'Tuscan Man Smoking a Pipe' by Giuseppe Migneco (1969)
'Tuscan Man Smoking a Pipe', watercolour on art paper, by Giuseppe Migneco (1969). Such a delightful, colourful depiction of a rural Tuscan man with broad brimmed hat, staff and pipe; there is something of Picasso in this depiction (and perhaps Chagall as well) - beautiful in its simplicity. The artwork is in fair to good condition overall. We've retained the charming, characterful, original frame (and glass) with all of its gorgeous faults, cracks, nicks, paint chips and blemishes. The piece is signed and dated in the lower right hand by the artist. Please enjoy the many photos accompanying this listing. Upon request, a video can be provided.
About the Artist: Giuseppe Migneco (1908–1997) was an Italian painter of the Novecento Italiano. He often painted scenes of labourers at work in a naïve and expressionistic style. Migneco was born in Messina, in the South. His father was a train station master and his mother, a school teacher. At the age of 23, he moved to Milan to enroll in Medical School but started gravitating around the local art scene. Migneco eventually landed a job as an illustrator for the weekly magazine for children, Corriere dei Piccoli. He lost interest in his medical studies, and decided to be a painter.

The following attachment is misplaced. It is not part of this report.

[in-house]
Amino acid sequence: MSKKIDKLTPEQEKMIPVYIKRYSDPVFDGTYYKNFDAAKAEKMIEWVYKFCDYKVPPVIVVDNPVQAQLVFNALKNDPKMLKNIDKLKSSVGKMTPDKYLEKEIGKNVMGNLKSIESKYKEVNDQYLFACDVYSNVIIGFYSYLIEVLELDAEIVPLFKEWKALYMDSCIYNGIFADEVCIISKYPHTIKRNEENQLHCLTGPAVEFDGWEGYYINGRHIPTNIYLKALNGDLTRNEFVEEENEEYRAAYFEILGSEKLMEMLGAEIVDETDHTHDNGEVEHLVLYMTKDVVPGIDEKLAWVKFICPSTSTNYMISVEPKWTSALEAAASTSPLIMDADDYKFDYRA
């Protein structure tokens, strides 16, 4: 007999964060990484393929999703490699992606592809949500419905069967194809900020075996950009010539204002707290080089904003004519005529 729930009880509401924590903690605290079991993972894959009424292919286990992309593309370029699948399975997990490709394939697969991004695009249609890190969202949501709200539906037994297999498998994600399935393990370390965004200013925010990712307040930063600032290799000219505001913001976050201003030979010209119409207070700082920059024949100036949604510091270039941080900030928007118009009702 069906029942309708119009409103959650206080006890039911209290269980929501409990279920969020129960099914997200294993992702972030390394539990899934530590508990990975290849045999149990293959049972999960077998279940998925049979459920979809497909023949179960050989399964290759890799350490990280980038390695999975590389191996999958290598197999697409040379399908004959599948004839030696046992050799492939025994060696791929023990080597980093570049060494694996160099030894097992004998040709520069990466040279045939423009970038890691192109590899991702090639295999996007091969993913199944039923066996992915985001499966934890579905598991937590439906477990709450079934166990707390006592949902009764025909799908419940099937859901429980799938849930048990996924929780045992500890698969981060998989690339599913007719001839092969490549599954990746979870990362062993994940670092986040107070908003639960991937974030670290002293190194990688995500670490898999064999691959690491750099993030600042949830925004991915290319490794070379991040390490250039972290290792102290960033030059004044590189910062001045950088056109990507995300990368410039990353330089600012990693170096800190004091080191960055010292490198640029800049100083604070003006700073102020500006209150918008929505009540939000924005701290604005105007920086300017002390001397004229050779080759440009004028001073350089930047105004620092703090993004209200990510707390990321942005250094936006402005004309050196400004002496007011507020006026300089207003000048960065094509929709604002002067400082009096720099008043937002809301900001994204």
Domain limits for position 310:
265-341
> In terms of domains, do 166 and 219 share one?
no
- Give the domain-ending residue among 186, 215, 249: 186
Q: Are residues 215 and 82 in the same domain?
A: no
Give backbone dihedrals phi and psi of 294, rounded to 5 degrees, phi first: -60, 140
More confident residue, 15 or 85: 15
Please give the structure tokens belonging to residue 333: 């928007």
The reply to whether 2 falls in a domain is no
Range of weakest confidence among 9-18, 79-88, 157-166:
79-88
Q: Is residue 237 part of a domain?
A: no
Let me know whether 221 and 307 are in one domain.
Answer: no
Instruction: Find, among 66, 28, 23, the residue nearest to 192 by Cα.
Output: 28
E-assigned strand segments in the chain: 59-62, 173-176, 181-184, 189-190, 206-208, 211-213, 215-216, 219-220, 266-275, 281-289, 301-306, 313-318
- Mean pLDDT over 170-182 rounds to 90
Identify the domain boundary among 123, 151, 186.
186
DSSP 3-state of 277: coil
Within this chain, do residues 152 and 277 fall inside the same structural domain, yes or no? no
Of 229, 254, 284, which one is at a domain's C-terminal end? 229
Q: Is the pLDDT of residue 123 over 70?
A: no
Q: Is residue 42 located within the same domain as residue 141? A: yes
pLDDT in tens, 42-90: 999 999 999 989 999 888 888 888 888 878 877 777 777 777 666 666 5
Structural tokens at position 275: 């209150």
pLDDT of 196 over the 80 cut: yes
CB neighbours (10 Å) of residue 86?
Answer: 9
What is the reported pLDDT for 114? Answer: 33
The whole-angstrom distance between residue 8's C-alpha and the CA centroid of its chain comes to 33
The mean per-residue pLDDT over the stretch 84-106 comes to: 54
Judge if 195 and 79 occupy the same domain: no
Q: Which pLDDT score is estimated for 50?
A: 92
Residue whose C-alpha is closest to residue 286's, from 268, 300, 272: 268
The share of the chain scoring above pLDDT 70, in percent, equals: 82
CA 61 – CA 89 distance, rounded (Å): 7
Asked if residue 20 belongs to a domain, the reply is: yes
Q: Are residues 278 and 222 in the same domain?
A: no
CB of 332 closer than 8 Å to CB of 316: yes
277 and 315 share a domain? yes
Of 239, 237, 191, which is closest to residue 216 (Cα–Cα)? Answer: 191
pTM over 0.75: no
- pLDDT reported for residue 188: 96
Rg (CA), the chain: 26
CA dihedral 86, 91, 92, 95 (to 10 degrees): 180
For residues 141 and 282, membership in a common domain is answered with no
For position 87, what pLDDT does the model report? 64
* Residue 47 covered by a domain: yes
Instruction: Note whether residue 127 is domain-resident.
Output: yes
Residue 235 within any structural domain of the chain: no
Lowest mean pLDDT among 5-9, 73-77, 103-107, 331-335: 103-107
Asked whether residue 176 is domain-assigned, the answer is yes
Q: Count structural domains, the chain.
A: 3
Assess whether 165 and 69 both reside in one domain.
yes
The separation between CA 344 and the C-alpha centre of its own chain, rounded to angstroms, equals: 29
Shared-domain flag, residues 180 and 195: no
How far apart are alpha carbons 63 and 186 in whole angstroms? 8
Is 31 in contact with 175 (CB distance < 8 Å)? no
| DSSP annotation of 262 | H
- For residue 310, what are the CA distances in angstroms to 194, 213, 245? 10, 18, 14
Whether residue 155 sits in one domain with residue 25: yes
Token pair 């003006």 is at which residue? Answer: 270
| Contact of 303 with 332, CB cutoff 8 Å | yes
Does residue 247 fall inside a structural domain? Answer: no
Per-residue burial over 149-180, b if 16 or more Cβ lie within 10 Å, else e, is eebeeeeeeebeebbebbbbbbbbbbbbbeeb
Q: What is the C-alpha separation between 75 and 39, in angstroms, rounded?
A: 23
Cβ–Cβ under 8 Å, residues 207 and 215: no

In 1937, the artist was a co-founder of the anti-fascist Corrente group, a movement affiliated with the journal Corrente di Vita. He participated in the group's exhibitions as well as in Galleria La Spiga in Milan in 1942. The following year, he was conscripted into the fascist army. After the end of the Second World War, Migneco was able to reprise his artistic career when he had an exhibition at the Galleria Santa Redegonda in Milan in 1945. He was later invited to show his work at the Quadriennale di Roma in 1948, 1951, 1956, 1959, and lastly, in 1986. In 1952, his solo exhibition at the 26th Biennale in Venice was introduced by Salvatore Quasimodo. In 1954 Migneco exhibited at the Leicester Galleries in London and at the Venice Biennale again in 1958. In 1983, his work was the subject of a large retrospective at the Palazzo Comunale in his native Messina. He died in Milan in 1997.
Dimensions with frame:
H 50 cm / 19.7"
W 41 cm / 16.1"
Dimensions without frame:
H 30 cm / 11.8"
W 21.5 cm / 8.5"